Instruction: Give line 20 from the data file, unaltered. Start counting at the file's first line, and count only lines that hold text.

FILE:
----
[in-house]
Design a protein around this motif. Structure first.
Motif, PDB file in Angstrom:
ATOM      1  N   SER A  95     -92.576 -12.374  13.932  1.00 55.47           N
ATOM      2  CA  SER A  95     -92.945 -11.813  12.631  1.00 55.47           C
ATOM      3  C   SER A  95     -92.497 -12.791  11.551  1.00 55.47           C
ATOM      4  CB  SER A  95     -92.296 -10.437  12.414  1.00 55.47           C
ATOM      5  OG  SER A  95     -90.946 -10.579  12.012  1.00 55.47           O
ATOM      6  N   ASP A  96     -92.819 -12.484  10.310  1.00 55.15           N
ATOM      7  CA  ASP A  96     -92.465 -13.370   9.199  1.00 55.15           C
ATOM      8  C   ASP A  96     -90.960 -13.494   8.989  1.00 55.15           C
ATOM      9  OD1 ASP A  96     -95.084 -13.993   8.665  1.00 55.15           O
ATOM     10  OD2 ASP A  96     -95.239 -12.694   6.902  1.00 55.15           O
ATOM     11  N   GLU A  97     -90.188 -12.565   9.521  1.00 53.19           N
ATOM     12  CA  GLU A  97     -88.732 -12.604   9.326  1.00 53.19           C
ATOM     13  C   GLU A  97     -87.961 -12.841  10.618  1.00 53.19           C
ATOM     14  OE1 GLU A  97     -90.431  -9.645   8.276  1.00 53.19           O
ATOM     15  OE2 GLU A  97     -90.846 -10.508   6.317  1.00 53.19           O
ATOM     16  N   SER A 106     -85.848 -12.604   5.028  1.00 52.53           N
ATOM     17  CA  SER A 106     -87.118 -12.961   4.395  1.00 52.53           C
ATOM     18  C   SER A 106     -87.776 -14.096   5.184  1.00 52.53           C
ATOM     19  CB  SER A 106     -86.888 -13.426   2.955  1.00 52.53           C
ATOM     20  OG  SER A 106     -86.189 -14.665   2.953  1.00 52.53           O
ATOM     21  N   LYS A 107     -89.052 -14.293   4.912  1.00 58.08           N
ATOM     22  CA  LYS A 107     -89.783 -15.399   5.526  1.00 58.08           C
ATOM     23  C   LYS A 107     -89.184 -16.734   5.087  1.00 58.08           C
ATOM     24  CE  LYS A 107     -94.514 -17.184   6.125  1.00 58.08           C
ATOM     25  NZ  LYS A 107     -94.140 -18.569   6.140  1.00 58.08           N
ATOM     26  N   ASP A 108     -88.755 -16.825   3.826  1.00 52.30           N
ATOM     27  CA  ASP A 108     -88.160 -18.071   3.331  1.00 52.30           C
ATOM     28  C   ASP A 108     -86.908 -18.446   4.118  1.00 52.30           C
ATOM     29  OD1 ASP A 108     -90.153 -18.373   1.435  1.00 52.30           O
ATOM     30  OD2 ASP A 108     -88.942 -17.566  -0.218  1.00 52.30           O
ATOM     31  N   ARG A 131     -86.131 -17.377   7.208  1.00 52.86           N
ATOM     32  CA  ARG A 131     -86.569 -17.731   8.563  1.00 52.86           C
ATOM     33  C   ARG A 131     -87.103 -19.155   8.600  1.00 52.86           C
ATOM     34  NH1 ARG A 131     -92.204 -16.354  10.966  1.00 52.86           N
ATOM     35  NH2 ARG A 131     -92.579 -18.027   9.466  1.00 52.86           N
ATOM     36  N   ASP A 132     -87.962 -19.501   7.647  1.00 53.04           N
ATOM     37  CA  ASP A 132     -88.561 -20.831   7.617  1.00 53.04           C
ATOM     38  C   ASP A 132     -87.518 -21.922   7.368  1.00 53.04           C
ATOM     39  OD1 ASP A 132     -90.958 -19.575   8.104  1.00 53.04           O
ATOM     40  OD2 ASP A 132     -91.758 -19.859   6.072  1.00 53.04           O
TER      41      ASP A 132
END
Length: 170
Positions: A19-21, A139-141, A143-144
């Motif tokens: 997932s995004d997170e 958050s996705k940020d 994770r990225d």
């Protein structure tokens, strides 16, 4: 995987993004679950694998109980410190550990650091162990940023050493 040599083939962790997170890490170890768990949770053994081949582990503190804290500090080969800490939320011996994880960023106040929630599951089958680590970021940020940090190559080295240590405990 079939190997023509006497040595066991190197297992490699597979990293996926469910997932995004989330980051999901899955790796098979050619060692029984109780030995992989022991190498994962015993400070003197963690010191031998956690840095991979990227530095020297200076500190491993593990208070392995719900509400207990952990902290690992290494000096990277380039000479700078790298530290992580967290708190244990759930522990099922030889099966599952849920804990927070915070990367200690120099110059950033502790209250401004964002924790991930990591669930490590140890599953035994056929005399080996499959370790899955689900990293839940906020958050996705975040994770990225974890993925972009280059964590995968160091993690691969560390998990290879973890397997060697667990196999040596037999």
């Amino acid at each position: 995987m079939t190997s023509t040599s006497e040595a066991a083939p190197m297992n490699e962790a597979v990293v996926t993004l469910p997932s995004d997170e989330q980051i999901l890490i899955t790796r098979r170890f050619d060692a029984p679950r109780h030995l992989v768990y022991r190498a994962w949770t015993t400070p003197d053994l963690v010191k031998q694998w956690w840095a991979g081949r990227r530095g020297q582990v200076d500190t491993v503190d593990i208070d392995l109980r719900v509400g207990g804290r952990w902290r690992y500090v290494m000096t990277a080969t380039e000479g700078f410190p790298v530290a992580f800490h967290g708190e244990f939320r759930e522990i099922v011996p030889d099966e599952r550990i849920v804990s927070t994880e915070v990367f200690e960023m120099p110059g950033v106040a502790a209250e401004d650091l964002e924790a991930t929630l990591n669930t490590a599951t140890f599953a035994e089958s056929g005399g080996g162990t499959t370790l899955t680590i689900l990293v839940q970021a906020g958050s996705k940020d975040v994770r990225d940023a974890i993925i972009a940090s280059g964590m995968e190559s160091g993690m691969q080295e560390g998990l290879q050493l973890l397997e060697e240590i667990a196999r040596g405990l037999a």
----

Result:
ATOM     17  CA  SER A 106     -87.118 -12.961   4.395  1.00 52.53           C